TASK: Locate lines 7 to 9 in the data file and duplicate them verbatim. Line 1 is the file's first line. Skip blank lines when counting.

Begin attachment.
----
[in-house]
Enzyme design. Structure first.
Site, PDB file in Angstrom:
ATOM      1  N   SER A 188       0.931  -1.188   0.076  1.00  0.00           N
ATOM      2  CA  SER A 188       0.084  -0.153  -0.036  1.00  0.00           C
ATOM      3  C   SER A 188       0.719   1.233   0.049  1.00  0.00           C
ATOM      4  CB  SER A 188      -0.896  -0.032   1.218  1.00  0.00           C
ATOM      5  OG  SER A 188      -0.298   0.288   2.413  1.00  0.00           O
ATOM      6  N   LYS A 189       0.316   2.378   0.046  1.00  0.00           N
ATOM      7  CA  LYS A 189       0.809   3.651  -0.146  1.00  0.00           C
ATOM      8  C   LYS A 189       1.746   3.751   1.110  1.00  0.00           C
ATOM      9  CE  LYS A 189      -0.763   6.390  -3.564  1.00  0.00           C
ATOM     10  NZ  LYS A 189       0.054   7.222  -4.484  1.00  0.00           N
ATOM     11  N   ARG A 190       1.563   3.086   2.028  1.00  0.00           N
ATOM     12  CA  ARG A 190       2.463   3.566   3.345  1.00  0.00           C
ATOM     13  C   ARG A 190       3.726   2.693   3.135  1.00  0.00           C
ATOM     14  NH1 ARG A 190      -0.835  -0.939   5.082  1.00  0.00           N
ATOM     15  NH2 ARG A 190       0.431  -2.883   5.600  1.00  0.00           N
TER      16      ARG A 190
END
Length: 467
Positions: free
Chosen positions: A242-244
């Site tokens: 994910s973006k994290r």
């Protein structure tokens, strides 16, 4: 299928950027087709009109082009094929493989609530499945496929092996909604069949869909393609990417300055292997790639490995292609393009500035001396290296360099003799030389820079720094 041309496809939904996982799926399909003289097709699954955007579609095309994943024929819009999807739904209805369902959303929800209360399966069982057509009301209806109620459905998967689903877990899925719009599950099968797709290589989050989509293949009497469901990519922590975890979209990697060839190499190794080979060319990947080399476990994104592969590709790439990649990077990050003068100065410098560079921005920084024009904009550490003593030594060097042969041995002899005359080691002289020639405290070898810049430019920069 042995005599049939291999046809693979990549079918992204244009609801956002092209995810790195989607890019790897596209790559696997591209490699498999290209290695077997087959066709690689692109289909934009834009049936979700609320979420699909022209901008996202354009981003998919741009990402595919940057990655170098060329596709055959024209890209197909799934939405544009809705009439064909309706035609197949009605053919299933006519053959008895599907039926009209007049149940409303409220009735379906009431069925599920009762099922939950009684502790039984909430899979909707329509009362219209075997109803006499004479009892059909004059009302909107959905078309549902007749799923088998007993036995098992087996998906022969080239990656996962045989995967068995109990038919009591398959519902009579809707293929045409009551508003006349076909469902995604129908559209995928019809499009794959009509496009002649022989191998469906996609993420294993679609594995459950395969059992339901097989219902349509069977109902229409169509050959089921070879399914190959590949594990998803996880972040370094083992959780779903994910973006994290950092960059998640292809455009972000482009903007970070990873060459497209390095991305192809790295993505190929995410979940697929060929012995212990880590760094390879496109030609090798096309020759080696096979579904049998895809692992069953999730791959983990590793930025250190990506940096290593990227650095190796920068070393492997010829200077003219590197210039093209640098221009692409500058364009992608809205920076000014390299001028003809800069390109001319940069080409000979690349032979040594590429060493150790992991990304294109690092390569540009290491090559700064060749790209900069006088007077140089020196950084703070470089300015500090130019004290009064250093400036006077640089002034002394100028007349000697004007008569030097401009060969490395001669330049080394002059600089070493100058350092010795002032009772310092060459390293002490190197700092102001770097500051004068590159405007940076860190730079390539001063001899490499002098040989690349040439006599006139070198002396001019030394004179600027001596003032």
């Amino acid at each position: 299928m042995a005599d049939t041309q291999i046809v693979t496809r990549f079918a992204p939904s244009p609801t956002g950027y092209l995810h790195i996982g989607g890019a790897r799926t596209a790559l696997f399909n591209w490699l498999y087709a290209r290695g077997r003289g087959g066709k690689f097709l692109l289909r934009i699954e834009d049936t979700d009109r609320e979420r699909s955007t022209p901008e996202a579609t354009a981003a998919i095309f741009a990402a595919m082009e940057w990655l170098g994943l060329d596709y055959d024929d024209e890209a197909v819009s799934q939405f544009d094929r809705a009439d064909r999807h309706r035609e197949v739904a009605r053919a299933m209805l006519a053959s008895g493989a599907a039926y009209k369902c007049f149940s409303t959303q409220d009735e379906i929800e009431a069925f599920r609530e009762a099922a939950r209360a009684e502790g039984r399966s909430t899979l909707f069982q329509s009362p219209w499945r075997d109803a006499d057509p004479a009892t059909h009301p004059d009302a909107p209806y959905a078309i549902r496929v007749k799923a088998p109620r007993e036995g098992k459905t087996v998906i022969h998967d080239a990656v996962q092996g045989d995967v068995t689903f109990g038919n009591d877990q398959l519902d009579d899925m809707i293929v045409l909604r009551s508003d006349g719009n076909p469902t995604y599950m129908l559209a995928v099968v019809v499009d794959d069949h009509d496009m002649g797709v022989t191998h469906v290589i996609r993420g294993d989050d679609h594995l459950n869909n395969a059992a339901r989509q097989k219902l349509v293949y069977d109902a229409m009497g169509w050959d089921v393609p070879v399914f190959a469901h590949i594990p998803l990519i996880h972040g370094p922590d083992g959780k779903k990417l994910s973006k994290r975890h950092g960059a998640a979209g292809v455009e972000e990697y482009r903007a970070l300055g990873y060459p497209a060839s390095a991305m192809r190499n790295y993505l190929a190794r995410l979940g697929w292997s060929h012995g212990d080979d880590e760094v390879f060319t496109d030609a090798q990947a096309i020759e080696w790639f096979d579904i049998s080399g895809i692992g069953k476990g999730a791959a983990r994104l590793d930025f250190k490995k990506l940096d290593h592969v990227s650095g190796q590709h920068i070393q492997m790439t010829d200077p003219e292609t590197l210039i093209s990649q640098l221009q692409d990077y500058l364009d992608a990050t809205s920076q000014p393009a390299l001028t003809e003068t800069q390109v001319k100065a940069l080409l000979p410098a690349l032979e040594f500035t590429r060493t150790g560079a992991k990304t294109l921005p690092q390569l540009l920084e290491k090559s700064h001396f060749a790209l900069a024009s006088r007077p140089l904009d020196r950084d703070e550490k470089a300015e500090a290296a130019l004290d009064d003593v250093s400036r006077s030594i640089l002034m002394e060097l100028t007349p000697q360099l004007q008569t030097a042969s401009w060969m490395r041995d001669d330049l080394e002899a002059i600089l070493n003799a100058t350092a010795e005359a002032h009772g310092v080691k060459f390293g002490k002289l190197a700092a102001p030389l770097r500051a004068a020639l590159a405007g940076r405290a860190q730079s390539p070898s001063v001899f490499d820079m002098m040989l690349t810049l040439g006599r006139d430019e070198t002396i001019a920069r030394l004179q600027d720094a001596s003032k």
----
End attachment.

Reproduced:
ATOM      4  CB  SER A 188      -0.896  -0.032   1.218  1.00  0.00           C
ATOM      5  OG  SER A 188      -0.298   0.288   2.413  1.00  0.00           O
ATOM      6  N   LYS A 189       0.316   2.378   0.046  1.00  0.00           N